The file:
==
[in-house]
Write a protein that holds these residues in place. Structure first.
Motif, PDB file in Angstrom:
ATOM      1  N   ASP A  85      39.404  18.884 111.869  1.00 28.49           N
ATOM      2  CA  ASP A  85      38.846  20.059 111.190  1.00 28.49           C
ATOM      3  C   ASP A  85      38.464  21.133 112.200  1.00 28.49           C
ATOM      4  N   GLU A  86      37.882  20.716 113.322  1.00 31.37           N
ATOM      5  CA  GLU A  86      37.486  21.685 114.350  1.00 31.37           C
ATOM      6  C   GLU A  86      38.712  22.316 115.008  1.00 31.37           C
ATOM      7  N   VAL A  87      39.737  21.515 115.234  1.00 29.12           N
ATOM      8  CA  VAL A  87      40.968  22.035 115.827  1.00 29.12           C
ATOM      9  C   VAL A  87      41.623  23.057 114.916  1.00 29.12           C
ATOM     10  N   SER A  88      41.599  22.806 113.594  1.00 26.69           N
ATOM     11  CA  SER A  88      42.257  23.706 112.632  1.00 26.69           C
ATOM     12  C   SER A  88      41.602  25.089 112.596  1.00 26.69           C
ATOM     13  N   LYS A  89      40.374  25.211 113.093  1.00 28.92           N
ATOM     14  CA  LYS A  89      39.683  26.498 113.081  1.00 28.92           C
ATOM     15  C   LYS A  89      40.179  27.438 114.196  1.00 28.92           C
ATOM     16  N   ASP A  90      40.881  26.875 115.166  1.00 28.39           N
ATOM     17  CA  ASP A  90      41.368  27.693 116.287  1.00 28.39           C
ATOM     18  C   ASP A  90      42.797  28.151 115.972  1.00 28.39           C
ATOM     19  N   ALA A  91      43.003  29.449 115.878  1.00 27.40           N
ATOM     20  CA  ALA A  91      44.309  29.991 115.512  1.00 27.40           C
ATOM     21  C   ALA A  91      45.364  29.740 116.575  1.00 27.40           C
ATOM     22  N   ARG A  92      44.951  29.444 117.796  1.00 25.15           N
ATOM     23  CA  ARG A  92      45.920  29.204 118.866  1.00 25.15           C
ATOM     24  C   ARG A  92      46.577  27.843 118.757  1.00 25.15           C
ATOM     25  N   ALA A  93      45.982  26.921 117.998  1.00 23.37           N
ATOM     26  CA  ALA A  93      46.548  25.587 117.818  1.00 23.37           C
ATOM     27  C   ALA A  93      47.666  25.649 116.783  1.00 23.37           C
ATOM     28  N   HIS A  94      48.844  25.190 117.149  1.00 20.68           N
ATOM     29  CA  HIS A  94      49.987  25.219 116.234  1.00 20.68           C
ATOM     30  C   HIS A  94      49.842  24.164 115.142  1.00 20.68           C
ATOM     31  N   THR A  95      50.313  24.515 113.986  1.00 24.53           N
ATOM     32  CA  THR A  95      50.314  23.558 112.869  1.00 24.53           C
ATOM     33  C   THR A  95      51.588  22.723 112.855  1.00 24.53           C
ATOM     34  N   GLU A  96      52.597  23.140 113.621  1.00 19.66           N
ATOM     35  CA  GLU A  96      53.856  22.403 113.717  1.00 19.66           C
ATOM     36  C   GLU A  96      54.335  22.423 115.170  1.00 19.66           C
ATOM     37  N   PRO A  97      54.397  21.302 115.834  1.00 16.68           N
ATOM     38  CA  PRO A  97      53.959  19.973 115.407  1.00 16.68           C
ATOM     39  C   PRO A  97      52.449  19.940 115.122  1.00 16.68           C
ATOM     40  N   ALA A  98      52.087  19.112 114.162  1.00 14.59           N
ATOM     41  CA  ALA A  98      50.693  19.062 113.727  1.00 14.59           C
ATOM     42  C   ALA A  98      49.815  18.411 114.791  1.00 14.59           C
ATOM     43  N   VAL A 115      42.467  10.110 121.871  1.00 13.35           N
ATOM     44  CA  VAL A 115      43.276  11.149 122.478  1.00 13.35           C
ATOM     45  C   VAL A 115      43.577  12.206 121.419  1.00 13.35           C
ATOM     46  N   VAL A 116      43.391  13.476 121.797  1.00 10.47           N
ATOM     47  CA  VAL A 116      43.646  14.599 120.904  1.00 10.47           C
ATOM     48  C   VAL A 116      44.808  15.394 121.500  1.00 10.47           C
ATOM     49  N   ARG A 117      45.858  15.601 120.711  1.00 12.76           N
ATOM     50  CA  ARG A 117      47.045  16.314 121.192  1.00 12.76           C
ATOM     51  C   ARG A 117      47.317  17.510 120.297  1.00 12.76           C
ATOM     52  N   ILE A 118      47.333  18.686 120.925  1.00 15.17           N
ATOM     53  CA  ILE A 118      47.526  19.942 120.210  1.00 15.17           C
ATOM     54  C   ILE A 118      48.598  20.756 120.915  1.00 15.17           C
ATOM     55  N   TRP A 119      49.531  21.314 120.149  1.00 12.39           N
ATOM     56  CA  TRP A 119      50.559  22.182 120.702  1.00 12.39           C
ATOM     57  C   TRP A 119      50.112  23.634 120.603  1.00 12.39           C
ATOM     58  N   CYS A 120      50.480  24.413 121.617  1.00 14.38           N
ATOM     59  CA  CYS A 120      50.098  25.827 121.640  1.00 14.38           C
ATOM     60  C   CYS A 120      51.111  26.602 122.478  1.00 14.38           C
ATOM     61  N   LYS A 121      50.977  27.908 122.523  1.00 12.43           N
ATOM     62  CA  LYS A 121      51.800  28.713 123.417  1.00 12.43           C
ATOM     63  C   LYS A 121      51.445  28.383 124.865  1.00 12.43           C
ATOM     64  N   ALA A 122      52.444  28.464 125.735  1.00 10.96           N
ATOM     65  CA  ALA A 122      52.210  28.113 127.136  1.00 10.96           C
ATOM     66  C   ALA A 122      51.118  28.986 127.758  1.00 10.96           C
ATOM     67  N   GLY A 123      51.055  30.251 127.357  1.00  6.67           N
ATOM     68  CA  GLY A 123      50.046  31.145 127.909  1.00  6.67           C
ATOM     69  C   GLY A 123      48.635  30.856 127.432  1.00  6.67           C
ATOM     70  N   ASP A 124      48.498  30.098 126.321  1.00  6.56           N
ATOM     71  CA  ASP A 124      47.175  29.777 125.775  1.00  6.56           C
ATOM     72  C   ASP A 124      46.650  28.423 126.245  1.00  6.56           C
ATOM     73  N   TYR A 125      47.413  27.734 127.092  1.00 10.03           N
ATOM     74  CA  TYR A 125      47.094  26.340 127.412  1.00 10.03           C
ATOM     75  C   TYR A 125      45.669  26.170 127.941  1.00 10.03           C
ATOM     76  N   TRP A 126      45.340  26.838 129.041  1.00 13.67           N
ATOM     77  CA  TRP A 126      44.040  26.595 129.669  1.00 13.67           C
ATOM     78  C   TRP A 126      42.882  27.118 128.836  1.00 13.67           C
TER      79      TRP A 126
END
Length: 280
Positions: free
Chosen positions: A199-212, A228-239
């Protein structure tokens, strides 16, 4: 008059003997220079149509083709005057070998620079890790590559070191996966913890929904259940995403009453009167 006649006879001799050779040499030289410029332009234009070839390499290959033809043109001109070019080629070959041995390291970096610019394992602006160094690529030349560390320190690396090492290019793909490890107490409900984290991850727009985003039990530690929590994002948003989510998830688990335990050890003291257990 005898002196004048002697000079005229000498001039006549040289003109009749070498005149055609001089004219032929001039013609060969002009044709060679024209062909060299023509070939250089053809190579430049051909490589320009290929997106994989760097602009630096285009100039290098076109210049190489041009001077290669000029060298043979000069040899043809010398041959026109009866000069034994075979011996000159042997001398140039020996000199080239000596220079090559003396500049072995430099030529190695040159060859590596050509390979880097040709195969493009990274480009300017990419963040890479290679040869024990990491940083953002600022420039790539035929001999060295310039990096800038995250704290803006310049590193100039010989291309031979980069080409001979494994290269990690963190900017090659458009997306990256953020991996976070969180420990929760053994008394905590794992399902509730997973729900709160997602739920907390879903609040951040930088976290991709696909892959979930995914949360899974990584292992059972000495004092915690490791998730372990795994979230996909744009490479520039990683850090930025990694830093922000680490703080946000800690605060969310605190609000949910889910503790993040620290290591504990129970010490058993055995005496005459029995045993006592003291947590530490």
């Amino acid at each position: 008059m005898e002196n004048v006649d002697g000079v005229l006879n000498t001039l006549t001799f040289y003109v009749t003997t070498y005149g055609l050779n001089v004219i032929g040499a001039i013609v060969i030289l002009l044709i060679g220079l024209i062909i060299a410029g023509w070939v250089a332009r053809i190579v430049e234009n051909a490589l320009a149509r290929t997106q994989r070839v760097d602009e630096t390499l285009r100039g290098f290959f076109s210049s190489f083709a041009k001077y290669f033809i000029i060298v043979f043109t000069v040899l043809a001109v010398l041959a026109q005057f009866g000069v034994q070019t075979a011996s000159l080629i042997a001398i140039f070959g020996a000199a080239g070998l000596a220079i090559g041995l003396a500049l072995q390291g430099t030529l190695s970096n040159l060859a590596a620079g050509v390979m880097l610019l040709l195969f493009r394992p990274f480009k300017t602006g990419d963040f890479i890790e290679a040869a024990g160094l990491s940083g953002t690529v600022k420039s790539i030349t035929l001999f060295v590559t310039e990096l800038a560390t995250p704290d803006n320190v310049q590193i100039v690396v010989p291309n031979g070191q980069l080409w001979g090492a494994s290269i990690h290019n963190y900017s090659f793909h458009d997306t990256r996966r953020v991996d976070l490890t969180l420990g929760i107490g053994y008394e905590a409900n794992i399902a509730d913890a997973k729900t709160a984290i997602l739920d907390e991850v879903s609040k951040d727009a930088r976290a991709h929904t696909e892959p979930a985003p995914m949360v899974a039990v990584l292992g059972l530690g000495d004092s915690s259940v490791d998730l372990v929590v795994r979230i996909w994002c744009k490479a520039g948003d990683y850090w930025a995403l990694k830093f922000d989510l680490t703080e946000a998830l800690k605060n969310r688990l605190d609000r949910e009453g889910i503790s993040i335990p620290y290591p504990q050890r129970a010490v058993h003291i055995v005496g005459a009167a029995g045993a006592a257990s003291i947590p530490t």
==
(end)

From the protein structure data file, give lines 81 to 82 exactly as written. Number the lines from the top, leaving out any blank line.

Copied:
ATOM     78  C   TRP A 126      42.882  27.118 128.836  1.00 13.67           C
TER      79      TRP A 126